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A fatty acid elongase acts like a gate to a channeling system distributing fatty acids in Nannochloropsis

​We have highlighted the entry point of fatty acids into the synthesis of eicosapentaenoic acid, as well as the existence of a multiprotein complex that makes 20: 5 from 16: 0 and directs 20: 5 towards the chloroplast. This work also revealed a way to genetically induce an accumulation of oil in Nannochloropsis.

Published on 25 January 2017
The photosynthetic membranes are so abundant (1 sqm of leaves contains a photosynthetic surface superior to that of a rugby stadium), that galactolipids, making the bulk of these membranes, are the most abundant polar lipids on Earth. These polar molecules consist of a hydrophilic headgroup and a hydrophobic tail consisting of 2 long carbon chains called fatty acids. Each cell membrane has its own glycerolipid composition: chloroplasts of plant cells and algae are characterized by the presence of a unique class of glycerolipids, the galactolipids. The de novo synthesis of fatty acids in a photosynthetic cell is initially carried out in the chloroplast stroma (whereas in animal cells it occurs in the cytoplasm). There are two main sites of assembly of membrane glycerolipids (directly generating biological membranes): the chloroplast envelope and the endoplasmic reticulum.

Galactolipids are synthesized in plant chloroplasts and harbor 2 fatty acids of 16 or 18 carbon atoms. In micro-algae and diatoms, galactolipids are rich in polyunsaturated acids with very long chains, including eicosapentaenoic acid, also known as EPA or 20:5, because it contains 20 carbons and 5 double bonds. If the chloroplast can theoretically synthesize fatty acids of 16 or 18 carbon atoms, it cannot produce longer species; the biosynthesis of 20:5 occurs therefore in the cytoplasm. Several enzymes generating 20:5 are known: elongases, which add 2 carbons to a fatty acid substrate, and desaturases, which add the double bonds. It was assumed that the initial substrate of the cytoplasmic enzymes was 18:2 subjected to one elongation step and three desaturations to reach 20:5. However, in microalgae such as Nannochloropsis, elongases are able to accept 16:0 as the initial substrate. What is the use of an elongation system that allows to pass from 16 to 18 carbon atoms in the cytoplasm? What is the role of these elongases?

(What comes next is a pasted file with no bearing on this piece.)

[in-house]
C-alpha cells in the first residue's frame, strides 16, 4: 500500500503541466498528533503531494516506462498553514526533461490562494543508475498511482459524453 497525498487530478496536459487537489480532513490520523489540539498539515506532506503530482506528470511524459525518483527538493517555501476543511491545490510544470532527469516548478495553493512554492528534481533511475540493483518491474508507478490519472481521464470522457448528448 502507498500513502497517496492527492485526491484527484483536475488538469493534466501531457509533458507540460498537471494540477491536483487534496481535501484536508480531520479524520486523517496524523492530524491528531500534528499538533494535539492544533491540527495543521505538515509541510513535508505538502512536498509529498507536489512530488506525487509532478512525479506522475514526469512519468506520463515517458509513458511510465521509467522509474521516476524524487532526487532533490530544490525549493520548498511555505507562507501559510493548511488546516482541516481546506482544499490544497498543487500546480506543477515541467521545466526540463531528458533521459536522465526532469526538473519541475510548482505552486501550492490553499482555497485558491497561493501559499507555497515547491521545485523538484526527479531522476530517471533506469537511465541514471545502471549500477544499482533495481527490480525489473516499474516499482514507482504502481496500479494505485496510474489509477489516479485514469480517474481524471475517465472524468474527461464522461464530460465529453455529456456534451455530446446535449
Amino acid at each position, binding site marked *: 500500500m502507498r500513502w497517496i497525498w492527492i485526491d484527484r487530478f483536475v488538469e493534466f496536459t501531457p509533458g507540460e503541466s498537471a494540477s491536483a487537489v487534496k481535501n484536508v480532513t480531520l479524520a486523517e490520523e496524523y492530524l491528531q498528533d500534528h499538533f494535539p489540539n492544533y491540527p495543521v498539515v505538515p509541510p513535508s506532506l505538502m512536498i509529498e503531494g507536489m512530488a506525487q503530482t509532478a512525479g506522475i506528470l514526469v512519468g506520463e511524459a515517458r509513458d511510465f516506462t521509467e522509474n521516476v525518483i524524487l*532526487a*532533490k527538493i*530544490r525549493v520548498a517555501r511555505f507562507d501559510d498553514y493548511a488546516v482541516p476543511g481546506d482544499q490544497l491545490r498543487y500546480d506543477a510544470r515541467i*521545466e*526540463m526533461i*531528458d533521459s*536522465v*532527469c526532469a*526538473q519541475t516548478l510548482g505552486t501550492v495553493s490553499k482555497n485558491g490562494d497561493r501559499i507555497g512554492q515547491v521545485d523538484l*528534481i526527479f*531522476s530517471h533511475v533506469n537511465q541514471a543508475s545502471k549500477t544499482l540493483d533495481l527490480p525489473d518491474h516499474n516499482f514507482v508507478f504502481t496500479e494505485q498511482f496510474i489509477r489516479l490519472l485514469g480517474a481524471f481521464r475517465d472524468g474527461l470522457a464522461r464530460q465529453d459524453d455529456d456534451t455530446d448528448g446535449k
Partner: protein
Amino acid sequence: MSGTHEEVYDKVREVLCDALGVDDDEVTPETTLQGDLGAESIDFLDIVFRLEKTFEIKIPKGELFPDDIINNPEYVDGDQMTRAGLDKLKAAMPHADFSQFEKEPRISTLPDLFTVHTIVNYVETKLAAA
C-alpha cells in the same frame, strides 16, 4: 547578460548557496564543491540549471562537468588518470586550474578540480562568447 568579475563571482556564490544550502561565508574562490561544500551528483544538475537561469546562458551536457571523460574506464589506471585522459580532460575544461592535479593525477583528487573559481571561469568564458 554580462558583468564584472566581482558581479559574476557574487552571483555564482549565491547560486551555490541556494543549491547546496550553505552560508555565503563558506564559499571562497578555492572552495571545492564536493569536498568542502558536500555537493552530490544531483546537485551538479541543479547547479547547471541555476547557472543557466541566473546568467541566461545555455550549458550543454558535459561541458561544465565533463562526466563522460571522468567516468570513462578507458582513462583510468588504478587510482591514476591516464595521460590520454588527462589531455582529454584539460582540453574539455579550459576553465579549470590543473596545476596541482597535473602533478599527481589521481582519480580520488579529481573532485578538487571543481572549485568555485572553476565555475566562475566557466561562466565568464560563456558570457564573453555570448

To answer these questions, we have been interested in the family of 6 cytoplasmic elongases of Nannochloropsis (Δ0-ELO1-6) catalyzing the synthesis of 18:0 starting from 16:0. In a functional genetics study, the researchers showed that Δ0-ELO1, the most expressed of them, was the entry point of fatty acids to a multi-enzymatic system that leads to 20:5, directed then to the chloroplast where it is specifically used to produce a chloroplast galactolipid. From these data, the researchers obtained a mutant that did not express Δ0-ELO1 (Figure) and in which they observed the decrease in the content of this particular galactolipid, and by compensation, an increase in oil production overcoming the accumulation of 16:0. 

This work not only provides answers to fundamental questions about the very complex synthesis of fatty acids in microalgae, but also highlights a way to genetically induce an accumulation of oil in Nannochloropsis. They are the subject of a patent application with the company Fermentalg.

The chloroplastic 16:0 is normally exported to the cytosol where it is supported by elongases and desaturases to give 20:5 which is then redirected to the chloroplast. In this mutant that does not produce Δ0-ELO1, 16:0 accumulates and is in this case directed towards the production of oil.

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